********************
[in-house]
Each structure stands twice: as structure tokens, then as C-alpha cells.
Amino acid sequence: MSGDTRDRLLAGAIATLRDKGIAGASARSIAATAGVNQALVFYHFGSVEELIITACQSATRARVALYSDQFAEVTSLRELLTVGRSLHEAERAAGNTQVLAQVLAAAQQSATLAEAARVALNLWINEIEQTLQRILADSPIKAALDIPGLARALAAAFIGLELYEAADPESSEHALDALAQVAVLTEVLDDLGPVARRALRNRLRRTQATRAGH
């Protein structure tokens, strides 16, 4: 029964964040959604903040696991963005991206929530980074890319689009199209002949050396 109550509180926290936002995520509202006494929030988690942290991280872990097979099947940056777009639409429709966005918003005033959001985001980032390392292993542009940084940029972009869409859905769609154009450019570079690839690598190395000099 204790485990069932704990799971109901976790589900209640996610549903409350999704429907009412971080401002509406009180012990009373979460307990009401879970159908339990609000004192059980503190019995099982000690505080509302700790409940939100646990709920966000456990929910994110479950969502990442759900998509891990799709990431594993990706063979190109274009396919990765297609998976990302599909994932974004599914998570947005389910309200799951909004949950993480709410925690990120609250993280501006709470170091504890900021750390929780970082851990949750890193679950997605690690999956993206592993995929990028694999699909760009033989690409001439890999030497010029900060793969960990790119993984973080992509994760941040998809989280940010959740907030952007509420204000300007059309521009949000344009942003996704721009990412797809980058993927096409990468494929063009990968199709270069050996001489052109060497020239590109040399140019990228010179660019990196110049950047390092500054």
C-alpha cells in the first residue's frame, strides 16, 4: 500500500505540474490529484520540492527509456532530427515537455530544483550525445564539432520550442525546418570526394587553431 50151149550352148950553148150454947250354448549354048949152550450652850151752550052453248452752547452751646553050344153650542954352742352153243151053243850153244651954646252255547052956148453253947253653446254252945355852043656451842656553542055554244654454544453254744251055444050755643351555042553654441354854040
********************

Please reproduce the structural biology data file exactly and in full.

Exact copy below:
[in-house]
Each structure stands twice: as structure tokens, then as C-alpha cells.
Amino acid sequence: MSGDTRDRLLAGAIATLRDKGIAGASARSIAATAGVNQALVFYHFGSVEELIITACQSATRARVALYSDQFAEVTSLRELLTVGRSLHEAERAAGNTQVLAQVLAAAQQSATLAEAARVALNLWINEIEQTLQRILADSPIKAALDIPGLARALAAAFIGLELYEAADPESSEHALDALAQVAVLTEVLDDLGPVARRALRNRLRRTQATRAGH
């Protein structure tokens, strides 16, 4: 029964964040959604903040696991963005991206929530980074890319689009199209002949050396 109550509180926290936002995520509202006494929030988690942290991280872990097979099947940056777009639409429709966005918003005033959001985001980032390392292993542009940084940029972009869409859905769609154009450019570079690839690598190395000099 204790485990069932704990799971109901976790589900209640996610549903409350999704429907009412971080401002509406009180012990009373979460307990009401879970159908339990609000004192059980503190019995099982000690505080509302700790409940939100646990709920966000456990929910994110479950969502990442759900998509891990799709990431594993990706063979190109274009396919990765297609998976990302599909994932974004599914998570947005389910309200799951909004949950993480709410925690990120609250993280501006709470170091504890900021750390929780970082851990949750890193679950997605690690999956993206592993995929990028694999699909760009033989690409001439890999030497010029900060793969960990790119993984973080992509994760941040998809989280940010959740907030952007509420204000300007059309521009949000344009942003996704721009990412797809980058993927096409990468494929063009990968199709270069050996001489052109060497020239590109040399140019990228010179660019990196110049950047390092500054």
C-alpha cells in the first residue's frame, strides 16, 4: 500500500505540474490529484520540492527509456532530427515537455530544483550525445564539432520550442525546418570526394587553431 50151149550352148950553148150454947250354448549354048949152550450652850151752550052453248452752547452751646553050344153650542954352742352153243151053243850153244651954646252255547052956148453253947253653446254252945355852043656451842656553542055554244654454544453254744251055444050755643351555042553654441354854040